A scholarly analysis of Shakespeare’s life that reads like a detective story

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“Neither a literary biography nor a full biography,” this book takes a closer look at what surviving documents tell us and, when their trace dries up, what documents about its neighbors might reveal about the events that defined Shakespeare’s life in Stratford: his father’s financial collapse, his marriage, his houses (including the “Birthplace”, probably damaged by fire in the 1590s and then rebuilt), his will and his memorial. While most of it consists of dense scholarly analysis, it reads like a detective story in which a trained investigator revisits an unresolved case.

This is a revisionist portrait of the artist. The transgressive image of Shakespeare circulating in recent years – cosmopolitan, perhaps secretly Catholic, most likely gay or bisexual, eager to flee Stratford – is here replaced by a Shakespeare who is “a father” in a close economic partnership with his wife. He is particularly devoted to his father, whose fall from the top of the Stratford leadership to a man who was afraid to leave his home for fear of being arrested for debt was, for Orlin, “the defining event” of the Shakespeare’s private life, hence “everything else followed.” She interprets Shakespeare’s marriage at a young age (which would have ended all apprenticeship and thereby excluded a college education) as an act that helped restore her family’s fortunes. Most scholars have read Shakespeare’s last wills and testaments as cold at best, especially when it comes to his family. But Orlin sees it differently. Although not, like many Jacobin wills, an “expressive” will, it shows how every gift specified by Shakespeare, including the clothing, the sword, the bowl, and that notorious bed, shares “The imprint of a nameless sorrow”.

It also shows that much of what we take as fact about Shakespeare’s life is due only to the thinnest archival threads. Anne Hathaway’s baptismal certificate does not survive, and the only reason to believe that she was eight years older than Shakespeare is the number that appears on her commemorative brass – quite often, Orlin shows, imprecisely remembered or returned. In his diligent research, Orlin came across a 1566 baptismal record for Johanna Hathaway, daughter (as was Shakespeare’s wife) of Richard Hathaway of Shottery. Orlin doesn’t insist too much on this possibility, but if it was the woman Shakespeare married – her name is poorly transcribed – Anne might have been two years younger than her husband.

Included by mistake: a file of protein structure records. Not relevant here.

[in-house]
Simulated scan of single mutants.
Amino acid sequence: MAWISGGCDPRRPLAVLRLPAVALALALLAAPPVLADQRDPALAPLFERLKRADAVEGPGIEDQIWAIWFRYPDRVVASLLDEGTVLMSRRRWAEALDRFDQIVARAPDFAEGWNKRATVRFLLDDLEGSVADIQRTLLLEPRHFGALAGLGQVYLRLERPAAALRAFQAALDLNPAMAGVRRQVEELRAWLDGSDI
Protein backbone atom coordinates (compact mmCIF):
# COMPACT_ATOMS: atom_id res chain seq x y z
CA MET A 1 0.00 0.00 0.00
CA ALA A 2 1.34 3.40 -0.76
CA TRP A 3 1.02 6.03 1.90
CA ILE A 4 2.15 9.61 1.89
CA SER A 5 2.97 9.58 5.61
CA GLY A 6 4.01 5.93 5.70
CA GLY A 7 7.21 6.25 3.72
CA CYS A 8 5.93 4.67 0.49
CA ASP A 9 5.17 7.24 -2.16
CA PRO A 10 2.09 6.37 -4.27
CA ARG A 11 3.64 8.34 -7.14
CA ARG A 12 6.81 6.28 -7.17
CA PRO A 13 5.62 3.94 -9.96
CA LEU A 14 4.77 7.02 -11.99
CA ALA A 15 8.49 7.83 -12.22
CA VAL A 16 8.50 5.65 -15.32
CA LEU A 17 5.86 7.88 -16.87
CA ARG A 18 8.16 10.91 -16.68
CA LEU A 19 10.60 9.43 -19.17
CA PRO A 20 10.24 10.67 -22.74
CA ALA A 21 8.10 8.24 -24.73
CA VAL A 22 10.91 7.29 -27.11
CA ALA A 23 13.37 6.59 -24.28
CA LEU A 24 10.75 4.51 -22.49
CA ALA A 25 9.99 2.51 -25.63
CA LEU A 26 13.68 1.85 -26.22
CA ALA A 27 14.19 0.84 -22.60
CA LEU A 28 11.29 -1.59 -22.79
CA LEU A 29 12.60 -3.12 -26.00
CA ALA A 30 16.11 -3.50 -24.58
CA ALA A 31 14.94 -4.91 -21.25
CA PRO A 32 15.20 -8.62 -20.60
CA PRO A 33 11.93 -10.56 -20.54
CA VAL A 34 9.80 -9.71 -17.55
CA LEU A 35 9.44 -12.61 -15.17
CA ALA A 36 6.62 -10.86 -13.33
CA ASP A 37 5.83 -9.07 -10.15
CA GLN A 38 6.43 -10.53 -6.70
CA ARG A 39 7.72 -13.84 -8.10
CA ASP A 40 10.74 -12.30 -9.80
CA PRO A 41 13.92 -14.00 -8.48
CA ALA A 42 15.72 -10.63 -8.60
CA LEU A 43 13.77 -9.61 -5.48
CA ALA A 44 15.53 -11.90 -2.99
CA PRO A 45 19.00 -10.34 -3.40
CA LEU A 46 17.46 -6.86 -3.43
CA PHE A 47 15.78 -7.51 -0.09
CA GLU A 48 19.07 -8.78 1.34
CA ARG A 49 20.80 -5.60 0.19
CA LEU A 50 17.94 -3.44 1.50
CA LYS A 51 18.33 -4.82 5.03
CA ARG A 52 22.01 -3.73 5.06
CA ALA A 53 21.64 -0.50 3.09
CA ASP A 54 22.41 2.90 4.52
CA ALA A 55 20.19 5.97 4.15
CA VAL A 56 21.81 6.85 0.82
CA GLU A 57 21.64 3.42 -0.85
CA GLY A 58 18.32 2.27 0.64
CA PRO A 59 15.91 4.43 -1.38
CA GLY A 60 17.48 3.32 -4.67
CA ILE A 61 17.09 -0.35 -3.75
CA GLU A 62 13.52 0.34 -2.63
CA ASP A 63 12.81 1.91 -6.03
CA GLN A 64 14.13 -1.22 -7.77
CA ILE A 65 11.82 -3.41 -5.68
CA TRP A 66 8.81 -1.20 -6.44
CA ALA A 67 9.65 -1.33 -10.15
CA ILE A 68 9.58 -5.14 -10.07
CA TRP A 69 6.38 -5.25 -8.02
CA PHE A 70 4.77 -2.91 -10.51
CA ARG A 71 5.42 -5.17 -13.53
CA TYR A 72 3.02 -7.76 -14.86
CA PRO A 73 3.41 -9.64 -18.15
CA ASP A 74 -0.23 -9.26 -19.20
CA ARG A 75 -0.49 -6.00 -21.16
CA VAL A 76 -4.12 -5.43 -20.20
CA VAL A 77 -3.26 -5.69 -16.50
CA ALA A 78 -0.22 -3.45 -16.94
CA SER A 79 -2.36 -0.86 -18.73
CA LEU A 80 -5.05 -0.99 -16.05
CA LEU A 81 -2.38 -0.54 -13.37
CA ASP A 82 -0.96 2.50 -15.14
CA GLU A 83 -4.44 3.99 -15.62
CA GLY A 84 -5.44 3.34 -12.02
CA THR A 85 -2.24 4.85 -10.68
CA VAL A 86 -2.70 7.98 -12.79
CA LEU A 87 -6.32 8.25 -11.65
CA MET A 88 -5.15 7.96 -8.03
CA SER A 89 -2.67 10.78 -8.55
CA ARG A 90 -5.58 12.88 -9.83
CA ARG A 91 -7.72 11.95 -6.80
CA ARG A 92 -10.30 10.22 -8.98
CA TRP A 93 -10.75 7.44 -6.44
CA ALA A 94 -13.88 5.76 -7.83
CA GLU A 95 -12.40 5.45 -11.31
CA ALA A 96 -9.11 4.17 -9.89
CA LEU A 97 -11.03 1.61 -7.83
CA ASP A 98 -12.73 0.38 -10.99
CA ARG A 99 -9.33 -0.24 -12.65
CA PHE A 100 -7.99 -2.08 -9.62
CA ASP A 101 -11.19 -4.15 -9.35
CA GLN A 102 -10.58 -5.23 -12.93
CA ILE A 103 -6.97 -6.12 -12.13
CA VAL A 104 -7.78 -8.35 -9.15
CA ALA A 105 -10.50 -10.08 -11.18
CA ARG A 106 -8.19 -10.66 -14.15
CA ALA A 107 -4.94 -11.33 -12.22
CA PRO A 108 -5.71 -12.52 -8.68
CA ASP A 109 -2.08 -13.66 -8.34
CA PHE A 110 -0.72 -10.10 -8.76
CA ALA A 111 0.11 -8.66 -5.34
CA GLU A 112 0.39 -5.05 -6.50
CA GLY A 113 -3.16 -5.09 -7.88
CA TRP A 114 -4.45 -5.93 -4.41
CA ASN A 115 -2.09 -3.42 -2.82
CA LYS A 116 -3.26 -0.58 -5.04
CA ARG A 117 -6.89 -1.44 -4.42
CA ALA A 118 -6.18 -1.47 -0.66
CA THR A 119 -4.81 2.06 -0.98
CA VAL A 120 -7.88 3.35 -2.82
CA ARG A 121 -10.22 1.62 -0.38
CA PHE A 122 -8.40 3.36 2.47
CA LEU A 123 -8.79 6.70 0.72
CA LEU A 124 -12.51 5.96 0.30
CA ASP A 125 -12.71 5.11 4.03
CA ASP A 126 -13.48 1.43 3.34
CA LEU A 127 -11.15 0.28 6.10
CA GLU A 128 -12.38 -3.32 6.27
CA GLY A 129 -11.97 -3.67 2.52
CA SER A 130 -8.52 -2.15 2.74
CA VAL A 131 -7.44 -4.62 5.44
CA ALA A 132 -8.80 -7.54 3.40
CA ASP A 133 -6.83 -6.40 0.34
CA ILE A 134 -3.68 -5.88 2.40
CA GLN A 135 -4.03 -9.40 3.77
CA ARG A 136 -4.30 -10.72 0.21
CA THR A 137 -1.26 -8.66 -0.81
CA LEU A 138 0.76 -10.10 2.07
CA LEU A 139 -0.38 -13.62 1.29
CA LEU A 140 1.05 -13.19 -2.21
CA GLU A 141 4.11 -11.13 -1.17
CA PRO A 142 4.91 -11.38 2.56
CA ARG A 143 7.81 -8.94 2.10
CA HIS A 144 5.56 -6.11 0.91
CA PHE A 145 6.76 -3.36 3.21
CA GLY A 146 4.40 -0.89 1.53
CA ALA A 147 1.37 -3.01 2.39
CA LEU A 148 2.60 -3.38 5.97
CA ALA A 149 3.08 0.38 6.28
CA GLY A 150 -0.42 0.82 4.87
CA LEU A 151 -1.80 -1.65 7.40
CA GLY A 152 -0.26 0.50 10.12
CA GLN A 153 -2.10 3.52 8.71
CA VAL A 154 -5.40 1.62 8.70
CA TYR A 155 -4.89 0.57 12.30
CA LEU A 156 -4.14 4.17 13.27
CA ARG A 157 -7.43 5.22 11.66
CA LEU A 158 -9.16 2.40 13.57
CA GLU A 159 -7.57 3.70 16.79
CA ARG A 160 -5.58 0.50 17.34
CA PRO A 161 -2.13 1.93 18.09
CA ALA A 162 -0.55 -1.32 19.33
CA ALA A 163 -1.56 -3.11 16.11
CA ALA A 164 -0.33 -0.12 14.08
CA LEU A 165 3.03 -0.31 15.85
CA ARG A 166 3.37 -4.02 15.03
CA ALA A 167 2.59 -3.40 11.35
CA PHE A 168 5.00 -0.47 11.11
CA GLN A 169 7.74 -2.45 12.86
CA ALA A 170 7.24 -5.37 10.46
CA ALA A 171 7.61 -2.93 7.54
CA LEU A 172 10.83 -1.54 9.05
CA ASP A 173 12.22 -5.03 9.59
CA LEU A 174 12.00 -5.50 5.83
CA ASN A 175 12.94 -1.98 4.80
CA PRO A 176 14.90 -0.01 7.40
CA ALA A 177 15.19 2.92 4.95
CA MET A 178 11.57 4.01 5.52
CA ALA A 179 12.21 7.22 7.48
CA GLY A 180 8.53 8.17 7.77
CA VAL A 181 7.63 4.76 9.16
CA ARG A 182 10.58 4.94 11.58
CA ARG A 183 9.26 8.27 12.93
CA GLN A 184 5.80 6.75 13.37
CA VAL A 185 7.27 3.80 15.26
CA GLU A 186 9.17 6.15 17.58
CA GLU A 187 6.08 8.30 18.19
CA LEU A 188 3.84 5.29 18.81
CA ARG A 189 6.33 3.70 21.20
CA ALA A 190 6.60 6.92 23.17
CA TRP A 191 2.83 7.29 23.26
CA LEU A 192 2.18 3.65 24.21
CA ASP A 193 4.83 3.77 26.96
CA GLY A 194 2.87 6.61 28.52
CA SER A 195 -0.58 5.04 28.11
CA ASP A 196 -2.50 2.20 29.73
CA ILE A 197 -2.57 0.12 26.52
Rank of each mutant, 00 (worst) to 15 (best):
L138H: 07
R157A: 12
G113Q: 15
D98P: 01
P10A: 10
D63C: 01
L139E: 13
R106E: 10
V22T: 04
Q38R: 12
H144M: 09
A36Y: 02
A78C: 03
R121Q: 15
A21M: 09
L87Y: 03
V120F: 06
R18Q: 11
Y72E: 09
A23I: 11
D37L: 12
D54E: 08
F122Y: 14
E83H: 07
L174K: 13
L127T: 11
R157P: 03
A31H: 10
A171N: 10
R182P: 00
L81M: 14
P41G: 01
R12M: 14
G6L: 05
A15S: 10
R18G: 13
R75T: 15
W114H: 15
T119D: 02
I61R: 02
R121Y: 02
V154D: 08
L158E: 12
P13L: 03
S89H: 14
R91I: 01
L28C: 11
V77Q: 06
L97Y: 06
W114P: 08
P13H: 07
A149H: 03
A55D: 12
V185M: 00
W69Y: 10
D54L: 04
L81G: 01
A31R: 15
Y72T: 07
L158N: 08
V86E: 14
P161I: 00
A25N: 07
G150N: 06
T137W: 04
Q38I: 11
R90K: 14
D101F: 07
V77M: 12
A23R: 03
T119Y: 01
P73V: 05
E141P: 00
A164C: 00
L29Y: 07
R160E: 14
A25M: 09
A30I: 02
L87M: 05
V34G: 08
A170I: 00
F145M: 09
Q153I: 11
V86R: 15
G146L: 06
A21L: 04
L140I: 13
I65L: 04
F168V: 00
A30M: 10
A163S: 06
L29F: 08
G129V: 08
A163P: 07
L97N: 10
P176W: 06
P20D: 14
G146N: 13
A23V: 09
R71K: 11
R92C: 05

Three contemporary images of Shakespeare are widely accepted as authoritative. One is the awkwardly executed woodcut that appears in the first folio of 1623. Another is the romantic portrait of Chandos now in the National Portrait Gallery. These two are reproduced endlessly. Not the third, a limestone effigy painted in Holy Trinity Church in Stratford, in which Shakespeare looks – as scholar John Dover Wilson said – like a “self-satisfied pig butcher.” Orlin’s account of this monument is final. She sends to pack the “skeptics of paternity” for whom a conspiratorial cover-up explains the differences between the 17th century sketches of this memorial and the frequently repaired and looted effigy (from which the actor David Garrick allegedly stole the “right index finger” ). She goes on to suggest that Shakespeare likely commissioned the effigy and met Nicholas Johnson, the artist who made it. If so, like it or not, this is how Shakespeare wanted us to be remembered. His account, detailed and dazzling, also left me melancholy, because too early, given the cuts in funding and training, this kind of scholarship may no longer be possible.

Shakespeare’s biography is often marked by overbreadth, and Orlin is not immune. An academic herself, she cannot help but rephrase Shakespeare as such, urging us to “imagine Shakespeare participating in the intellectual culture of Oxford” and asserting that “Shakespeare is almost certain to have attended lectures and conferences. sermons in university chapels ”. There is no hard evidence given for these claims. And after arguing that Shakespeare had an office in New Place, the big house he bought in Stratford, she can’t help but fantasize that this is where he wrote his last plays: “How many of his characters and episodes developed from the scenes that took place in the streets below him as he wrote in the western light of the office window? ” Its source ? Stratford’s gossip-hunter vicar of the early 1660s, John Ward. Orlin’s meticulous handling of archival material fails him here, as his eagerness to encroach upon the London Shakespeare upsets his usual precision. Ward never wrote that Shakespeare “in his old age lived in Stratford and provided the stage with two plays each year.” He has indeed noted two separate anecdotes, which Orlin then combines by connecting them with a comma (the curious can consult a facsimile on the site of the Folger Shakespeare Library, “Shakespeare Documented”). Orlin knows that towards the end of his career, Shakespeare collaborated with other playwrights, working with John Fletcher on his last three: “Henry VIII”, “The Two Noble Parents” and the lost “Cardenio”. You don’t write plays with co-authors who live three days away. These are unfortunate missteps in an otherwise impressive and valuable book, a biography that will lead many to revise their lessons in class.

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